Former Ethereum developer Kevin Healy released a viral video not long ago on how he came to realize that Dr. Craig Wright is Satoshi Nakamoto. He’s now releasing videos about developing Bitcoin SV, and he recently published one to provide a simple, no-frills explanation of Bitcoin SV and why it is the original Bitcoin protocol.
BSV follows the Bitcoin white paper
Healy begins by stating that “BSV is just Bitcoin” before outlining how it follows the white paper and early writings of Satoshi Nakamoto. He points out that BTC does not follow the white paper, but most people don’t know that. Why so? He explains that BTC developers added things like SegWit and Lightning, and as a result, many of the core use cases for Bitcoin don’t work on BTC.
Healy rightly says that the term ‘Bitcoin’ was defined in the white paper and in Satoshi’s early writings. Therefore, calling BTC “Bitcoin” is just not accurate. He notes that some people will counter this reasoning by arguing that software evolves, but he believes this is incorrect because protocols usually do not. He reminds us that Bitcoin is meant to be a base layer protocol like TCP, the base layer protocol of the internet, which has not changed in decades because changing it would break everything built on top of it (such as email.) That base layer protocols don’t change is especially important when talking about one that deals with money. He explains it simply as such: apps evolve, protocols do not, and Bitcoin is not an app.
Healy then outlines in greater detail why BSV is the original Bitcoin.
According to Healy, the main reason BTC is not Bitcoin is that the primary use cases don’t work. The first of these is the ability to do micropayments.
Why are micropayments important to Bitcoin? Healy says that the white paper talks about small casual transactions as the problem Bitcoin seeks to solve. This is extremely important as it means we can move away from the ad-based and data harvesting models that dominate the internet today.
Healy says that micropayments allow us to be the customer of internet services and not the product. We need a micropayments system to make this possible because of the relatively low value of these services. For example, a Google search could cost 1/10th of a penny, but transactions on networks like Visa cost 2% + 10 cents, prohibiting many of these small, casual transactions Satoshi talked about.
On the other hand, Bitcoin costs fractions of a cent, potentially allowing us to pay 1/10th of a cent for a search, among other use cases. We can even pay per packet of data rather than paying for the internet monthly or daily, opening up new models such as surge and dynamic pricing. Even annoyances like $3 minimum parking can be changed, allowing us to pay for the few minutes of parking that we need. Healy reminds us that micropayments are not possible on BTC, and this is the first reason why it is not Satoshi’s Bitcoin.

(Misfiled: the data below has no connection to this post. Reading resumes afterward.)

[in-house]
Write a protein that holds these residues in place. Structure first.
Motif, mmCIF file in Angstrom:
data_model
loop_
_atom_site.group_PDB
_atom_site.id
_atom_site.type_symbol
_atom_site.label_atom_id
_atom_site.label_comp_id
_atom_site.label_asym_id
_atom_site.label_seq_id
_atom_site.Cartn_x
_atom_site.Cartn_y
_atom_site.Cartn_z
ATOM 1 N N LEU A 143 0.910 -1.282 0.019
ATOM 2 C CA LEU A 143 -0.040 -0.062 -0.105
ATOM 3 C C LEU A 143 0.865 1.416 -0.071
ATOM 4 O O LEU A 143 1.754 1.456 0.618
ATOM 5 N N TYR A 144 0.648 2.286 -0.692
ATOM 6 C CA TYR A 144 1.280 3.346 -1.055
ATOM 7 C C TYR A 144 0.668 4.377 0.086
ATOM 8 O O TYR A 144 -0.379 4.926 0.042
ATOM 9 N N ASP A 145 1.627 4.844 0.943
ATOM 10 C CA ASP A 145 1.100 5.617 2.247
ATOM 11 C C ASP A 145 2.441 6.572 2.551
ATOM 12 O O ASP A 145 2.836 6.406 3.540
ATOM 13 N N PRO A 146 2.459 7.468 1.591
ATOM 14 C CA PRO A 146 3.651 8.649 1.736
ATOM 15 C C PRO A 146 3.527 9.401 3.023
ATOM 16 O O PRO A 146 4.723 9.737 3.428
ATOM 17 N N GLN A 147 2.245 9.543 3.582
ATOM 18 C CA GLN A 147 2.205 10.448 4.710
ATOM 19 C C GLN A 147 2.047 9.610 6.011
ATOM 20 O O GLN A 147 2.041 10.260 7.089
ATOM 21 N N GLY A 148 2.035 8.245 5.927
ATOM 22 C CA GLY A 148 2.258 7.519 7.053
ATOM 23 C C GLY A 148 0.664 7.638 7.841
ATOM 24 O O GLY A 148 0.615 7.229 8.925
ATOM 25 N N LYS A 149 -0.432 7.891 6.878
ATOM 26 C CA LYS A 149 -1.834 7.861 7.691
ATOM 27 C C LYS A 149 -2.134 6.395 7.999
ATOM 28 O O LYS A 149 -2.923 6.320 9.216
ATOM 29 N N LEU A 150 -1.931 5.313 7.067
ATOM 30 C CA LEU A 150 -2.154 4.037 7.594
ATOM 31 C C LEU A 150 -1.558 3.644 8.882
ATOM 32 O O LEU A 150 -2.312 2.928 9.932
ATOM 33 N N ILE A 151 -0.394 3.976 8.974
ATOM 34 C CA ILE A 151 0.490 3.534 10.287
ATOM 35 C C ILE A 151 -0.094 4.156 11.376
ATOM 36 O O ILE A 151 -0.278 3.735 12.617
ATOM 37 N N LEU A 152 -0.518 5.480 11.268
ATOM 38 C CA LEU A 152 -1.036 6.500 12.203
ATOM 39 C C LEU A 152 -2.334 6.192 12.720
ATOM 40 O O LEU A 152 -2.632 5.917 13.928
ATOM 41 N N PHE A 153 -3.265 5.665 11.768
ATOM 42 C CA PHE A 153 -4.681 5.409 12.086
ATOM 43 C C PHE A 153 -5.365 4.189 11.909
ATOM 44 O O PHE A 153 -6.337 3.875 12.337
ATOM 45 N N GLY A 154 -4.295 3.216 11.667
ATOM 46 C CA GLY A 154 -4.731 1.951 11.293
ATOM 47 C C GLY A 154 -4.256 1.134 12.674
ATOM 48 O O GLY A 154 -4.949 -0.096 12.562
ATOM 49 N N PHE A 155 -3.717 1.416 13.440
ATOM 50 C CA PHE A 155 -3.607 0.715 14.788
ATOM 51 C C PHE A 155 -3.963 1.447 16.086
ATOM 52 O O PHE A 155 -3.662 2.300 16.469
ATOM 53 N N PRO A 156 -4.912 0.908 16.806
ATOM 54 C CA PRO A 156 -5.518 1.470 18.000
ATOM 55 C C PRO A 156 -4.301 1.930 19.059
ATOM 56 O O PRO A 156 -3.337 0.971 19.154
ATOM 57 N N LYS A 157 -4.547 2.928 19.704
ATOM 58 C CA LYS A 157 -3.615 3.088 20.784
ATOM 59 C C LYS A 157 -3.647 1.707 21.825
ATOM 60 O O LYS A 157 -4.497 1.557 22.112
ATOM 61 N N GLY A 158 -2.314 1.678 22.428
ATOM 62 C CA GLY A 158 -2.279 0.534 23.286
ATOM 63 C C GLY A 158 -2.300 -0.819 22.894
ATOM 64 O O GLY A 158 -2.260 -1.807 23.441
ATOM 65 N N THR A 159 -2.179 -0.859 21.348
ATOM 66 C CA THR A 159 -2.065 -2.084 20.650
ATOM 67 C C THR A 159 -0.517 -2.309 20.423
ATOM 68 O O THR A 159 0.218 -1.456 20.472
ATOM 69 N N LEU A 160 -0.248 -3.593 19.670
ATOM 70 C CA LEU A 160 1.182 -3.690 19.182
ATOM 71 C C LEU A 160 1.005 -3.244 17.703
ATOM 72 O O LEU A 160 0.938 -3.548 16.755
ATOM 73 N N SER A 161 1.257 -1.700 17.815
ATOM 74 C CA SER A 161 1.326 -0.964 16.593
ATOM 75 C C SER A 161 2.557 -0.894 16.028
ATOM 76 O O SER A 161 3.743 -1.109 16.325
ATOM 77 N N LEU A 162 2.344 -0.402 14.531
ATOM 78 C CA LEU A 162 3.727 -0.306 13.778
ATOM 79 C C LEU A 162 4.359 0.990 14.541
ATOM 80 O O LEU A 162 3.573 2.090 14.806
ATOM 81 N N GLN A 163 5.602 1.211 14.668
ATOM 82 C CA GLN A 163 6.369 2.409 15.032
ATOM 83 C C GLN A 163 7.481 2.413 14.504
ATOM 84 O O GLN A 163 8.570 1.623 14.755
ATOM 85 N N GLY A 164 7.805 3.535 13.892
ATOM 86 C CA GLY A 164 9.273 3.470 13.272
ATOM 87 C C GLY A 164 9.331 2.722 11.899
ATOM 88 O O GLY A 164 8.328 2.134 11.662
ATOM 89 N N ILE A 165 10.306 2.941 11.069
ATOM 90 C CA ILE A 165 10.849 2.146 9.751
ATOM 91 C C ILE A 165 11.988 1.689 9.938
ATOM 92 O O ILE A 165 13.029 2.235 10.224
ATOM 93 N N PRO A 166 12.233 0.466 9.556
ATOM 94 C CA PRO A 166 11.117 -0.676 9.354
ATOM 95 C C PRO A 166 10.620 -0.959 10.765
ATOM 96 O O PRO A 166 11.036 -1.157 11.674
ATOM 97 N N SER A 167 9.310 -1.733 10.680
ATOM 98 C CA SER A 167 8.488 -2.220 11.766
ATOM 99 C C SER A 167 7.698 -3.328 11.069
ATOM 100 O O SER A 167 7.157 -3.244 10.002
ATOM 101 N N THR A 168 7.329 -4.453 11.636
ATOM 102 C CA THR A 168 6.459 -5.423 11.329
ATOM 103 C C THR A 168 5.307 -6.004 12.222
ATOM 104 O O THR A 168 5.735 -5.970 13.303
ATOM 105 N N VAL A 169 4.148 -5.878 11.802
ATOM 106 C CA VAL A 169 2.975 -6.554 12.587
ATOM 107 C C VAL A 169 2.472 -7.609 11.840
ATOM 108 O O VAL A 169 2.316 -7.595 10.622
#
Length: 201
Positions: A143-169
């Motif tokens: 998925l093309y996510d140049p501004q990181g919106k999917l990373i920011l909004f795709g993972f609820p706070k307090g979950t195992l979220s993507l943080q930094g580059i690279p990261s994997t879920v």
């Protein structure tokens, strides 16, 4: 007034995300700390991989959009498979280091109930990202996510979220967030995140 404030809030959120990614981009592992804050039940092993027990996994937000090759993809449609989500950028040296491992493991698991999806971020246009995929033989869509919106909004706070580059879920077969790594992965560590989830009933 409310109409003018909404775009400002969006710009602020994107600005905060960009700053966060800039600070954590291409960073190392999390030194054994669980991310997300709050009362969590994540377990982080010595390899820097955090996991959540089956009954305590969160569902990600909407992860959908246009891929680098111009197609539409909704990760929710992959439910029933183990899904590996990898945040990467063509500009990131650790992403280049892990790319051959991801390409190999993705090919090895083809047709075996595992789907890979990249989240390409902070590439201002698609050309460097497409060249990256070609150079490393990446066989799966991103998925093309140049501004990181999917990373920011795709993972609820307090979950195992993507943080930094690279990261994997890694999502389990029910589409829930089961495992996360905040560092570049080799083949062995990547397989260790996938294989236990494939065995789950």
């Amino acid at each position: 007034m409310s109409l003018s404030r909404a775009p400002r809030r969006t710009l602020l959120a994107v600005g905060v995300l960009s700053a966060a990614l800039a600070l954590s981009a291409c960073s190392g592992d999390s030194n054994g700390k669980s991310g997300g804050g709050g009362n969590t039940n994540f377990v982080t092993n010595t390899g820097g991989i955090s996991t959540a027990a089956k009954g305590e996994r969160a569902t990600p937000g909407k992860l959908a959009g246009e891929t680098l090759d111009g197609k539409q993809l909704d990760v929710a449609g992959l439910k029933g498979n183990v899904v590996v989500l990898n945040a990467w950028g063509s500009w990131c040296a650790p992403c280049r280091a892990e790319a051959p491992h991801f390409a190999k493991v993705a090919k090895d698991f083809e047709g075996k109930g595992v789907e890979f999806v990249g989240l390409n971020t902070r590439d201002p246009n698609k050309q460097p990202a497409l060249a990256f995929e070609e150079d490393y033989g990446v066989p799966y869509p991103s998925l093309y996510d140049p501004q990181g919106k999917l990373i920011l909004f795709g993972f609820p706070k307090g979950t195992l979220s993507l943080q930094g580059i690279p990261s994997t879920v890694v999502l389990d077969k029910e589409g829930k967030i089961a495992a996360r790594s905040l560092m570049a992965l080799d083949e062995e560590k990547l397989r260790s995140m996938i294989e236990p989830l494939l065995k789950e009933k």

Programmable money or smart contracts
Moving on to programmable money, Healy notes how BTC Core developers disabled various Bitcoin opcodes. Vitalik Buterin looked at the opcodes as he was interested in programmable money, but since so many had been disabled and BTC developers would not reactivate them, he was forced to create the Ethereum blockchain.
Unfortunately for Vitalik, Ethereum does not and can not scale while BSV has re-enabled the original opcodes. As a result, everything on Ethereum, such as NFTs, fungible tokens, and smart contracts, are possible on BSV. Combined with BSVs micropayments capabilities, this is a hugely powerful platform to build on.
Delving into the language needed to write apps on Bitcoin, Healy notes that some say Bitcoin Script is too complicated. However, sCrypt has been developed, allowing developers to write code in a high-level programming language that can easily be compiled into Bitcoin Script.
No such development is occurring on BTC as the OPCODES have been disabled, and due to design changes, there’s no going back.
Healy then gets into how the Bitcoin ledger can lead to many positive changes in the world, but only if transactions are done on the blockchain. Transactions on a transparent public ledger could have vast implications for fields like cyber security, fraud reduction, and more. Scams like Bernie Madoff’s, which relied on keeping two sets of books, could become a thing of the past.
Giving the example of cyber security, Healy explains how hackers will typically break into systems, make changes, and delete logs. By utilizing the Bitcoin ledger, the admin changes could be written to the blockchain where they can’t be deleted and/or changed. This would make it impossible for hackers to cover their tracks the way they do today. Indeed, Sentinel Node is being developed by Certihash and IBM to make just such a use case a reality.
Once again, none of this is possible on Bitcoin imposter BTC. This is another compelling reason why it is simply not Bitcoin.
None of these features work on BTC
After outlining the features that define Bitcoin, Healy notes that none of them work on BTC. There are no micropayments, the opcodes that allow for application development have been stripped out, and the improved record-keeping made possible by a globally scalable ledger has been rendered impossible thanks to design changes made by BTC developers.
Healy closes by reminding us about Error Code 402 – payment required. It’s rarely seen anymore, but the early designers on the internet imagined a system that required payments. This wasn’t possible at the time because no scalable, peer-to-peer cash system existed with low enough fees to make it viable.
Then came Bitcoin, and the world the early internet pioneers imagined once again became possible. It has been revitalized and restored as Bitcoin SV, and the building is just getting started.
Watch: The BSV Global Blockchain Convention panel, The Future World with Blockchain